I always like to have my April column for this esteemed journal veer away from the education/ information format and instead tell of some of my adventures in the herp business. Please indulge me in a little light-hearted story telling; I’ve got a million of ‘em!
This year is a special one for me. On Feb. 5, 1979, I started a new job. I was trying my hand at a career playing music and, like most artists, I needed a day job to pay the bills. I had kept lots of reptiles as a kid, and had visited this really great little local reptile store many times. It turned out that a friend’s boyfriend managed the place, and she suggested I hit them up for work. I did, and the 5th was my first day.
I walked in bright and chipper at 10 a.m., was introduced to the shop’s owner and the staff, and started the day. To my surprise, my first job was to feed, clean and water the psittacines. Now, I had some experience with reptiles, but my history with parrots amounted solely to a very adversarial relationship I had endured with my mother’s conure, which considered me an evil enemy whose every fiber of being was intent on stealing her affections away from him. So, I gritted my teeth; today would be a trial by fire—or beak and claw, as it were.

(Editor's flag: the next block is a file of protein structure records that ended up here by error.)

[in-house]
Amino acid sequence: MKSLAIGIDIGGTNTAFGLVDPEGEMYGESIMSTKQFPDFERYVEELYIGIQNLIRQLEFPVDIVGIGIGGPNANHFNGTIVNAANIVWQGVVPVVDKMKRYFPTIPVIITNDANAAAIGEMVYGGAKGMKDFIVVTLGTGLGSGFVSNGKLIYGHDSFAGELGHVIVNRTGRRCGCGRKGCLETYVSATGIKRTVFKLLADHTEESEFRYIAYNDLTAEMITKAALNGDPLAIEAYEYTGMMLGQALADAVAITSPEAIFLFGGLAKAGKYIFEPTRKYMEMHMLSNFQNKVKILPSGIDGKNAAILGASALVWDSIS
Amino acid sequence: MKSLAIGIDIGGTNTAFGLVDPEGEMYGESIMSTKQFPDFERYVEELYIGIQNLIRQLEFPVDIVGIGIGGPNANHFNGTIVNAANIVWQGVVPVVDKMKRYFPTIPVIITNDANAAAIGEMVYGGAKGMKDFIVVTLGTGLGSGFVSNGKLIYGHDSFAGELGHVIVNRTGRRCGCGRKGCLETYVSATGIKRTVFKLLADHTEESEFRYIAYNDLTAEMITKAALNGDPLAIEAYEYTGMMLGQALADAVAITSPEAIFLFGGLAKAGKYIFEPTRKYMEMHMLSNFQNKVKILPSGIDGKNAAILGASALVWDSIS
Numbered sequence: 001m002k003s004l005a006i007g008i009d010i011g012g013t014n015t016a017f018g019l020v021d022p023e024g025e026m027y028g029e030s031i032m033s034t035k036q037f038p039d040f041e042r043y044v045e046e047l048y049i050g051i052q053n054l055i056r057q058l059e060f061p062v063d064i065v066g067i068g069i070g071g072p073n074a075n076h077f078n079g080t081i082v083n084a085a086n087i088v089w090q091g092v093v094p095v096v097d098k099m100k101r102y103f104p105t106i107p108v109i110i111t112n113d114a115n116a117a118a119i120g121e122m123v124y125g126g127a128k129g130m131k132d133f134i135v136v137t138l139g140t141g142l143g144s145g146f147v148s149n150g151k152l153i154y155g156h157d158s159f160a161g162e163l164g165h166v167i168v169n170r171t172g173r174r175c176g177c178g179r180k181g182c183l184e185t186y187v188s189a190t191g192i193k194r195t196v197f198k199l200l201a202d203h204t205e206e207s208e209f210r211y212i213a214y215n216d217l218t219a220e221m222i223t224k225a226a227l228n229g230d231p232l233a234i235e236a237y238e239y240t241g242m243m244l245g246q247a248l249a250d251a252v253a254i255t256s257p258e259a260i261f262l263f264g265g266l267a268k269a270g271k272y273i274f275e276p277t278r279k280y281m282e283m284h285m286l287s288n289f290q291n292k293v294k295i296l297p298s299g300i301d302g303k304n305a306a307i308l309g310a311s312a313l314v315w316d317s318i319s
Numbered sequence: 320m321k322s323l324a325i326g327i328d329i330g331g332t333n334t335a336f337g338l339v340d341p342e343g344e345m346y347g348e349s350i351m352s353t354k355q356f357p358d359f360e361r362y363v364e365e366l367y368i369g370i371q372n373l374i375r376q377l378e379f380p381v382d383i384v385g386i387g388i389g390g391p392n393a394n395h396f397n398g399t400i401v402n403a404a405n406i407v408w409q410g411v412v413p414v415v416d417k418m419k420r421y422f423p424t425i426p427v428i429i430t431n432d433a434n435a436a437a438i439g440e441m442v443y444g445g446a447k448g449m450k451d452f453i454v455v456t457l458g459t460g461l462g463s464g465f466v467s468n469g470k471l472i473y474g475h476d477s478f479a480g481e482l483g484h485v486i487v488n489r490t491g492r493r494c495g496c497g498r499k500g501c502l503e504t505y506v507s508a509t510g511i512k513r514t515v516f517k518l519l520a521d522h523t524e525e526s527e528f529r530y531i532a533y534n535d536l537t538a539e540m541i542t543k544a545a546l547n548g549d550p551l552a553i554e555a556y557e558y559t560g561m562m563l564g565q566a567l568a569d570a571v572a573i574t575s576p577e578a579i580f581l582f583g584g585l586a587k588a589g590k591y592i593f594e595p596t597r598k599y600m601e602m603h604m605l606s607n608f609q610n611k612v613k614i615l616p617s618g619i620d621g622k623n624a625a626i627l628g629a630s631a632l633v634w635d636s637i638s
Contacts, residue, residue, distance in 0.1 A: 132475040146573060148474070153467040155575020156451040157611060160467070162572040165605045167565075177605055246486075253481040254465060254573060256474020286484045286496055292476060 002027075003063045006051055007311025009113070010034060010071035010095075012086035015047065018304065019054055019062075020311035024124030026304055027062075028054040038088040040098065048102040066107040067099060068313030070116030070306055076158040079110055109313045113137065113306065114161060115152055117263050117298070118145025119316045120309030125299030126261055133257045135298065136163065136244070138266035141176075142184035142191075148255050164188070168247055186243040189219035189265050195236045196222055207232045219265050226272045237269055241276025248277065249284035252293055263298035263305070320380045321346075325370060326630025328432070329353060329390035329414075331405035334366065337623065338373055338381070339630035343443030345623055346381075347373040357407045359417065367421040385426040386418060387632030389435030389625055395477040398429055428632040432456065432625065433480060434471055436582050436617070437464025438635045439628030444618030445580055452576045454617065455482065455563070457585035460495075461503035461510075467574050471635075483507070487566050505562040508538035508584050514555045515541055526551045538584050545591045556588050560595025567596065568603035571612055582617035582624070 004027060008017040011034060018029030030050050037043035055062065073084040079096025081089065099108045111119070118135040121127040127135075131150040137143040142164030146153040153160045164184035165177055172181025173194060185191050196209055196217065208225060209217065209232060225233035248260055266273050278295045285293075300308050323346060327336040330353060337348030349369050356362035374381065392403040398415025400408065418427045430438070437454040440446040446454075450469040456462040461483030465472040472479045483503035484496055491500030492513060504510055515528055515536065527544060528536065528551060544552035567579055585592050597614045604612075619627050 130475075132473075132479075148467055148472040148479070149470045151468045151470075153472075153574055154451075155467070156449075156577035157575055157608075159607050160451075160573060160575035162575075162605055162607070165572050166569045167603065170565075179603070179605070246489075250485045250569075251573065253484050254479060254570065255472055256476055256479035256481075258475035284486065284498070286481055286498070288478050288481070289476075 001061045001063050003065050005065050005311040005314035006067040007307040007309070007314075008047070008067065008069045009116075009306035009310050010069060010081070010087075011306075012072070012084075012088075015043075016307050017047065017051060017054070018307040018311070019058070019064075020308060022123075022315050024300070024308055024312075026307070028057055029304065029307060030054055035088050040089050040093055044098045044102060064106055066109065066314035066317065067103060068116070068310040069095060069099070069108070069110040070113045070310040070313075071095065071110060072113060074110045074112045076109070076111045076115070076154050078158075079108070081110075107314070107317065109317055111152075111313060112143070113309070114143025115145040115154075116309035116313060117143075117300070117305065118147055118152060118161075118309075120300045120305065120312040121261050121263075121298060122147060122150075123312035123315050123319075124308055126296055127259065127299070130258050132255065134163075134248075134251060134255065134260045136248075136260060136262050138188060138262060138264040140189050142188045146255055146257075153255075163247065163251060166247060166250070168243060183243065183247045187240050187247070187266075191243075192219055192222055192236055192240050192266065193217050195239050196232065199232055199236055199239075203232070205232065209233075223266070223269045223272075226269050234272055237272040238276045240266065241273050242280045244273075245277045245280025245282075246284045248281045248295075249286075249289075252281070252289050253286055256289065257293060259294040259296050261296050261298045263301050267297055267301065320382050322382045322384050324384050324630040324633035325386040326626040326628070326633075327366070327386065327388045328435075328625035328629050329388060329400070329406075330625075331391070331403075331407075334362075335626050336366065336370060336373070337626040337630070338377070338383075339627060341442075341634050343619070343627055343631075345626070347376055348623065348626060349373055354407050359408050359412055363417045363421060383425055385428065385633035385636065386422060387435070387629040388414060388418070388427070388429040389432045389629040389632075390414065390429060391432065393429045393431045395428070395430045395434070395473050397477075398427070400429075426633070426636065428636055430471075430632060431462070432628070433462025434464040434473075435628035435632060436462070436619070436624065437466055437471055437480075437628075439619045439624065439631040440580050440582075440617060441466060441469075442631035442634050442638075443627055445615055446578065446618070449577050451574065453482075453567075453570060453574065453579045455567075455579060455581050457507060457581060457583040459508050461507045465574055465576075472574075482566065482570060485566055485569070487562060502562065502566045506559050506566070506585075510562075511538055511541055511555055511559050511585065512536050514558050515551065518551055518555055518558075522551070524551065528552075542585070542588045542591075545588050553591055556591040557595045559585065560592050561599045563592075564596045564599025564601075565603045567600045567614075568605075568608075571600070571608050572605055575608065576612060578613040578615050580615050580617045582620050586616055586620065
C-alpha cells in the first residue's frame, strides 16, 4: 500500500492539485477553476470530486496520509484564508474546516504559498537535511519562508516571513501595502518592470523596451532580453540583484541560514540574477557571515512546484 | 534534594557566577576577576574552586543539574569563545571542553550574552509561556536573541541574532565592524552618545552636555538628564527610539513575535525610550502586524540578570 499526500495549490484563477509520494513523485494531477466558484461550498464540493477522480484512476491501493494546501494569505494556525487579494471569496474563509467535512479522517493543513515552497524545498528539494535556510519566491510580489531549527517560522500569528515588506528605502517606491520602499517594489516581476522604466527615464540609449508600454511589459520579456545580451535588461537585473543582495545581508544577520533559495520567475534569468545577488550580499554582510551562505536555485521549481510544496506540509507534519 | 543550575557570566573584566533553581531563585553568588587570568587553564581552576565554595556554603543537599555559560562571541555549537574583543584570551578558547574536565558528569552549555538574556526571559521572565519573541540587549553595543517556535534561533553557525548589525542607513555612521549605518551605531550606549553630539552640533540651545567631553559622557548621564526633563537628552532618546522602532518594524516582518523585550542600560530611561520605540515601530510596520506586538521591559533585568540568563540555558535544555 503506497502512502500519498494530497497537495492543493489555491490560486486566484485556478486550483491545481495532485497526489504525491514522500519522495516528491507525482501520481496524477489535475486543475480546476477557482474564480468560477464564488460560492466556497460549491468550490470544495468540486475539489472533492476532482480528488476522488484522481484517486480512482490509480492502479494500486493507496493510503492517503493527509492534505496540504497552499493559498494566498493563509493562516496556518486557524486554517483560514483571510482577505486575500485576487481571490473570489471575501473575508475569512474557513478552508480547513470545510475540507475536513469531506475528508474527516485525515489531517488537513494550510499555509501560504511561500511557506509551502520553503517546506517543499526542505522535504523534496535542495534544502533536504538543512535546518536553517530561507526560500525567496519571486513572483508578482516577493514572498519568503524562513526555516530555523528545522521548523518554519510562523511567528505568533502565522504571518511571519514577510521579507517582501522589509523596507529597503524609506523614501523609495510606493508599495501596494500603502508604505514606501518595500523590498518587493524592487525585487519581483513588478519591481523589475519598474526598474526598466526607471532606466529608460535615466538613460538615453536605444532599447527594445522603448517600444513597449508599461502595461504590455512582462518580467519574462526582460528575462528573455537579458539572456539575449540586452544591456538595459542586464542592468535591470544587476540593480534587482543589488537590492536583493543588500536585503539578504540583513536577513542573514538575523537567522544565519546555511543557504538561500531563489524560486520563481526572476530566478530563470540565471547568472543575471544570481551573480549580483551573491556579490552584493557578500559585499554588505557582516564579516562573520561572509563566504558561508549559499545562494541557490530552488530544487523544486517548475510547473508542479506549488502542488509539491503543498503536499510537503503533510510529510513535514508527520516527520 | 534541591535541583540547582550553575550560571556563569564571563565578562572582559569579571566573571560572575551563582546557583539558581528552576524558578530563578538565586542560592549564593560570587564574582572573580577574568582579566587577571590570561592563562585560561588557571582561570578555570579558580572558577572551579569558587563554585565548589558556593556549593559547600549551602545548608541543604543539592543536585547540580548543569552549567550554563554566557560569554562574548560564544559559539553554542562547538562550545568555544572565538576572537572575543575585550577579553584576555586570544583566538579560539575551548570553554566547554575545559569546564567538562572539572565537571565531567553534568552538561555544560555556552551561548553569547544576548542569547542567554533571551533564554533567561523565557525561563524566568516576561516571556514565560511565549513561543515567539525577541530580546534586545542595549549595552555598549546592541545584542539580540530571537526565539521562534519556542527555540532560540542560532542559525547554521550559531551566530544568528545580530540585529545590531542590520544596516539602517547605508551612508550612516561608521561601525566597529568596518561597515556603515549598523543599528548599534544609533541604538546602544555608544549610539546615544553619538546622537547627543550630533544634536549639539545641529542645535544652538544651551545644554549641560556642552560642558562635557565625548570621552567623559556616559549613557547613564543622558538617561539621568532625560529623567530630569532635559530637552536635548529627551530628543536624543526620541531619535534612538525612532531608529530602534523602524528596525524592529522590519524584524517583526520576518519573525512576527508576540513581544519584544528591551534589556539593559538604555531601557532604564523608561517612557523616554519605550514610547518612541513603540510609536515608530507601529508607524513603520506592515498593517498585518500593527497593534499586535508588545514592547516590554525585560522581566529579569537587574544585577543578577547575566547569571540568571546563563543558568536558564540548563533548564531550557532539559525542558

Ninety minutes later—and several attempted deadly attacks thwarted—I was done. Years later, when I was negotiating managing the same store, the boss and I arrived at a mutually agreed hourly pay rate. I then requested he take a dollar an hour off and get rid of the birds. He did the math and agreed.
My next job was more harrowing. A LOT more harrowing. We had just received a shipment of live animals and my job was to unpack the centipedes. These were giant Asian centipedes (Scolopendra spp.): 8 in. of flailing, furious, frenetic misanthropy.
Centipedes have a particularly nasty venom. The bite initially burns and swells, as one might expect. However, the venom does not tend to move through the bloodstream and dissipate. Oh no, that would be too easy. Instead, it tends to stay put at the wound site and act as a digestive, for about a week. So, the bite, rather than diminishing in pain, gets worse. And the wound, rather than healing, actually gets bigger and nastier. Of every animal in the store, this is the last thing you want to bite you.